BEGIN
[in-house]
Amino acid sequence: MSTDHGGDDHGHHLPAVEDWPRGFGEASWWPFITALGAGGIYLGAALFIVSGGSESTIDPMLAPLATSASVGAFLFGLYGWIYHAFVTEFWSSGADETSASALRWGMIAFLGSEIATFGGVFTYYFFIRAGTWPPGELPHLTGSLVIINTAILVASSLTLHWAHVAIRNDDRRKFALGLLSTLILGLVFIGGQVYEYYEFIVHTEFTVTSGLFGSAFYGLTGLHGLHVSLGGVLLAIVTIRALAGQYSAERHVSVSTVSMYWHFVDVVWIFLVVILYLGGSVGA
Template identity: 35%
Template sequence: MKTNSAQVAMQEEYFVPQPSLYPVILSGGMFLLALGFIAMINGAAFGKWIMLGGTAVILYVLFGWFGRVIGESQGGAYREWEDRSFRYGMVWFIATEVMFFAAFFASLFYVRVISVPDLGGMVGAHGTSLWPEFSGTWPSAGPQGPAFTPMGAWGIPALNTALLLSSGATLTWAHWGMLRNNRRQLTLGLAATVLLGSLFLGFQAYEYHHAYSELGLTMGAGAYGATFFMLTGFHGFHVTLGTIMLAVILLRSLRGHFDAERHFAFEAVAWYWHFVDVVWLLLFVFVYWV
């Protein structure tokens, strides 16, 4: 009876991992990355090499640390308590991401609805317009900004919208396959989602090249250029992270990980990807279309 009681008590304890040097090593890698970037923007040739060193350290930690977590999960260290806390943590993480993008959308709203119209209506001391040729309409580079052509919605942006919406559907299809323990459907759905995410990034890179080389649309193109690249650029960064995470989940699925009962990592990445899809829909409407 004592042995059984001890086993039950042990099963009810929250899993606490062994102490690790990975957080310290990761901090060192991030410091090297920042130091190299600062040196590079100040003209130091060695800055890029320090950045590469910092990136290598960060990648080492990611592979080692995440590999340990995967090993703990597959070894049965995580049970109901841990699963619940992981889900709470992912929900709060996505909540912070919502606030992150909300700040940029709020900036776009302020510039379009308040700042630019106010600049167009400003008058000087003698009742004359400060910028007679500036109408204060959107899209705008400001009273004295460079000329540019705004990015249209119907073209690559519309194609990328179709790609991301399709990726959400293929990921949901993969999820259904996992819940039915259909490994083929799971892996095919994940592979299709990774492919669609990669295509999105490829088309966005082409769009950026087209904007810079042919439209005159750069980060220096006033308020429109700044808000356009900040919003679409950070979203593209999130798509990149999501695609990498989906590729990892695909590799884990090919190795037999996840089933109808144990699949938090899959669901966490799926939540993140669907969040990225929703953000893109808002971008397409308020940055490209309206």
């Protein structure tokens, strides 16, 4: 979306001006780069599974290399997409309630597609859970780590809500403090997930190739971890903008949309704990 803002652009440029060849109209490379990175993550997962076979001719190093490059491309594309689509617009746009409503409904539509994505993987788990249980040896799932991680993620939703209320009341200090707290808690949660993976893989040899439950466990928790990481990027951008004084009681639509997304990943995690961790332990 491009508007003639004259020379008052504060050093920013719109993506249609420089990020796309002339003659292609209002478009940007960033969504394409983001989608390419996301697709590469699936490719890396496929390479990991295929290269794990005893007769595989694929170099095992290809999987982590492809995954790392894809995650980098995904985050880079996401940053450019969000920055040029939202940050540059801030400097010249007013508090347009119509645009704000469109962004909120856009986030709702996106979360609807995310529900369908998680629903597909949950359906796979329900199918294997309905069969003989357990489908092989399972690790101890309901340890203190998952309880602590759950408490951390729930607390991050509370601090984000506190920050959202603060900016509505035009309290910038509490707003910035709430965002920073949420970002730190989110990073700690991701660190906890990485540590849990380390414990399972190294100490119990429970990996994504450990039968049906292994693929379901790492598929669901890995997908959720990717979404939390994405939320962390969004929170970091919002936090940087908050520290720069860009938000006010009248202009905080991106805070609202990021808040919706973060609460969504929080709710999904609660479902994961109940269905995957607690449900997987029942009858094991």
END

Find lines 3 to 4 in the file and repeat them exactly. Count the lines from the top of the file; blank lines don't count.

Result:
Template identity: 35%
Template sequence: MKTNSAQVAMQEEYFVPQPSLYPVILSGGMFLLALGFIAMINGAAFGKWIMLGGTAVILYVLFGWFGRVIGESQGGAYREWEDRSFRYGMVWFIATEVMFFAAFFASLFYVRVISVPDLGGMVGAHGTSLWPEFSGTWPSAGPQGPAFTPMGAWGIPALNTALLLSSGATLTWAHWGMLRNNRRQLTLGLAATVLLGSLFLGFQAYEYHHAYSELGLTMGAGAYGATFFMLTGFHGFHVTLGTIMLAVILLRSLRGHFDAERHFAFEAVAWYWHFVDVVWLLLFVFVYWV